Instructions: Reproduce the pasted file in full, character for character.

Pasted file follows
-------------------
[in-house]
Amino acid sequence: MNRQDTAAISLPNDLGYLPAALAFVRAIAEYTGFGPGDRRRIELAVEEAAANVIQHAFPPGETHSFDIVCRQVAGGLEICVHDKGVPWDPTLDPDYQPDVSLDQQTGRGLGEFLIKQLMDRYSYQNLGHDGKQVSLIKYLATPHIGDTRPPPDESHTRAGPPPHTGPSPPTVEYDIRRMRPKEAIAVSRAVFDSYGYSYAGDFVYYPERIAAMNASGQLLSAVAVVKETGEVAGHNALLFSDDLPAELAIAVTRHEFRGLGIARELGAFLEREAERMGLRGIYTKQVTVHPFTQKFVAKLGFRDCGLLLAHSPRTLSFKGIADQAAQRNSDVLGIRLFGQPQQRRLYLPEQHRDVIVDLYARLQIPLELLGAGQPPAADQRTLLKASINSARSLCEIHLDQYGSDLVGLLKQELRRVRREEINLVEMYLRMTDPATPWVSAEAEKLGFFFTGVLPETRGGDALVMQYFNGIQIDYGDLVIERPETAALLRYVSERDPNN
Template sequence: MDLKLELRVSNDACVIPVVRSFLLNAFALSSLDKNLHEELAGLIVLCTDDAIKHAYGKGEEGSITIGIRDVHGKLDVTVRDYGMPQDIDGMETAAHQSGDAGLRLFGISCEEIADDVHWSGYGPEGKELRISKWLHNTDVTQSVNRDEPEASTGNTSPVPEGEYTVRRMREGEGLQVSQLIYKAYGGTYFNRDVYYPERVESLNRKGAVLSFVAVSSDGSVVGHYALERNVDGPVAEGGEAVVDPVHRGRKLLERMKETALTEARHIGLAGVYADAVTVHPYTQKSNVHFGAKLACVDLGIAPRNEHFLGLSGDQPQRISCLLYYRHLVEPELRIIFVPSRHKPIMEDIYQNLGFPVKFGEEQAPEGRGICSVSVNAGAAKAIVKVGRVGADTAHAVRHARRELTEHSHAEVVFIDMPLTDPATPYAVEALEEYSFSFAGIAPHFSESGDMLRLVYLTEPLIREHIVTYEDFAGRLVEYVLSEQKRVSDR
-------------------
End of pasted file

[in-house]
Amino acid sequence: MNRQDTAAISLPNDLGYLPAALAFVRAIAEYTGFGPGDRRRIELAVEEAAANVIQHAFPPGETHSFDIVCRQVAGGLEICVHDKGVPWDPTLDPDYQPDVSLDQQTGRGLGEFLIKQLMDRYSYQNLGHDGKQVSLIKYLATPHIGDTRPPPDESHTRAGPPPHTGPSPPTVEYDIRRMRPKEAIAVSRAVFDSYGYSYAGDFVYYPERIAAMNASGQLLSAVAVVKETGEVAGHNALLFSDDLPAELAIAVTRHEFRGLGIARELGAFLEREAERMGLRGIYTKQVTVHPFTQKFVAKLGFRDCGLLLAHSPRTLSFKGIADQAAQRNSDVLGIRLFGQPQQRRLYLPEQHRDVIVDLYARLQIPLELLGAGQPPAADQRTLLKASINSARSLCEIHLDQYGSDLVGLLKQELRRVRREEINLVEMYLRMTDPATPWVSAEAEKLGFFFTGVLPETRGGDALVMQYFNGIQIDYGDLVIERPETAALLRYVSERDPNN
Template sequence: MDLKLELRVSNDACVIPVVRSFLLNAFALSSLDKNLHEELAGLIVLCTDDAIKHAYGKGEEGSITIGIRDVHGKLDVTVRDYGMPQDIDGMETAAHQSGDAGLRLFGISCEEIADDVHWSGYGPEGKELRISKWLHNTDVTQSVNRDEPEASTGNTSPVPEGEYTVRRMREGEGLQVSQLIYKAYGGTYFNRDVYYPERVESLNRKGAVLSFVAVSSDGSVVGHYALERNVDGPVAEGGEAVVDPVHRGRKLLERMKETALTEARHIGLAGVYADAVTVHPYTQKSNVHFGAKLACVDLGIAPRNEHFLGLSGDQPQRISCLLYYRHLVEPELRIIFVPSRHKPIMEDIYQNLGFPVKFGEEQAPEGRGICSVSVNAGAAKAIVKVGRVGADTAHAVRHARRELTEHSHAEVVFIDMPLTDPATPYAVEALEEYSFSFAGIAPHFSESGDMLRLVYLTEPLIREHIVTYEDFAGRLVEYVLSEQKRVSDR